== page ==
would indicate its not vegan
    See my local diary ... http://herbwormwood.blogspot.com/

  13. #63
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    Default Re: Vegans, vitamin D and the sun

    Quote Hemlock
    I'm pretty sure we store up all the vit D we need for the winter in the summer.
    I didn't think our bodies could store vit D? At least not for that long.
    "Do what you can with what you have where you are."
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  14. #64
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    Default Re: Vegans, vitamin D and the sun

    This page by the Vegan Society suggests it's worth taking a supplement in the winter if you live in a northern country like the UK

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    Default Re: Vegans, vitamin D and the sun

    Quote RedWellies
    I didn't think our bodies could store vit D? At least not for that long.
    Yes, we are good at storing it, its stored in fat and is fat soluble, so I suppose if a body is underweight it may be harder to store it. We also have to have enough stores to get us through the winters if we live far from the equator.
    Thats why we need to be careful to get enough. Unfortunately it's a slightly complicated issue so its worth having a read of that vegan society web link.
    See my local diary ... http://herbwormwood.blogspot.com/

  16. #66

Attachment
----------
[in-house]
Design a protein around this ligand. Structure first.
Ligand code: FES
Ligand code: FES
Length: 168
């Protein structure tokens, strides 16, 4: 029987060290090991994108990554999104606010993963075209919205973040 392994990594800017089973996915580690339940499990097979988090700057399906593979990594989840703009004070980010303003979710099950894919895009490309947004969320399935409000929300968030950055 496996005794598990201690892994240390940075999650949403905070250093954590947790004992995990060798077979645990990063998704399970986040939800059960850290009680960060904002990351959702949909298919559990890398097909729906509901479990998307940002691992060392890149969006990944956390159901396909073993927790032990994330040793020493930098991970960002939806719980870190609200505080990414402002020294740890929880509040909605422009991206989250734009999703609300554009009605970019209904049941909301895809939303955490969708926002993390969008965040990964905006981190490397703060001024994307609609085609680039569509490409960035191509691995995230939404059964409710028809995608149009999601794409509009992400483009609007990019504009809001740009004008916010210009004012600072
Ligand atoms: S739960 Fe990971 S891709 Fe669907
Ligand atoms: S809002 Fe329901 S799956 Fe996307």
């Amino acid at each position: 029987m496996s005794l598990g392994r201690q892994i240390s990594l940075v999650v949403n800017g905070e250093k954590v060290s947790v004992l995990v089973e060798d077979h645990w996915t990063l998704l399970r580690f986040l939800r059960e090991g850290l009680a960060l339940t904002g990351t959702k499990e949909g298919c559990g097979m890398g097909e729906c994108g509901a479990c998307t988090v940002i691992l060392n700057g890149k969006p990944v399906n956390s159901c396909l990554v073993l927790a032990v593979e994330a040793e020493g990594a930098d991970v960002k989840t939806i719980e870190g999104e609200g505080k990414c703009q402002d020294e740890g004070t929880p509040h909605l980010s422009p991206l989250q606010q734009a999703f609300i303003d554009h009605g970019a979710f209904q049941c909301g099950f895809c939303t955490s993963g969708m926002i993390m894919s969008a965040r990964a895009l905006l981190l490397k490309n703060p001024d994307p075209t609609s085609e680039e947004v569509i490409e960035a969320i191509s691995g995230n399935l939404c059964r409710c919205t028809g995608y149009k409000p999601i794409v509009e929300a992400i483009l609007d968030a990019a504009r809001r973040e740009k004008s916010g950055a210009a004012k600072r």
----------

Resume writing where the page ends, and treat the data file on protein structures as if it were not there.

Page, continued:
Default Re: Vegans, vitamin D and the sun

    Thanks for those links, herbwormwood and harpy

    Haven't had a reply from Tropicana yet, and I won't but any now until I do.
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  17. #67
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    Default Vitamin D

    I know you can get this in the summer from the sunlight. but is there anyway (other than supplements) to get vit.d in the winter??
    Last edited by flutterby; Sep 15th, 2006 at 12:22 AM. Reason: This was the first post in a similar thread

  18. #68
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    Default Re: Vitamin D

    Hmm, I don't think so.

    The Vegan Society has some information:
    http://www.vegansociety.com/html/foo...n/vitaminD.php
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  19. #69
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    Default Re: Vitamin D

    thanks

  20. #70

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    Default Re: Vitamin D

    Quote tofutofu View Post
    I know you can get this in the summer from the sunlight. but is there anyway (other than supplements) to get vit.d in the winter??
    fortified foods.
    Many vegan margarines ,& soya milk contain it. Check the label to see if it is fortified.
    See my local diary ... http://herbwormwood.blogspot.com/

  21. #71

    Default Re: Vegans, vitamin D and the sun

    Being in India, we enjoy lot of natural sun light.

    Manish Jain

  22. #72
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    Default Re: Vegans, vitamin D and the sun

    Here are some links about plants containing vitamin D after being sundried:

    From http://ohioline.osu.edu/b762/b762_10.html
    Vitamin D is called the sunshine vitamin because the ultraviolet rays of the sun will convert a compound (7-dehydrocholesterol) in the skin into vitamin D. Horses exposed to four to six hours of outdoor light (even on cloudy days) will make sufficient vitamin D. Also, sun-cured forages contain the vitamin. If a horse is not exposed to the sun or is fed poor-quality hay, a deficiency could occur

    From http://www.goatworld.com/articles/nu...ngpygmys.shtml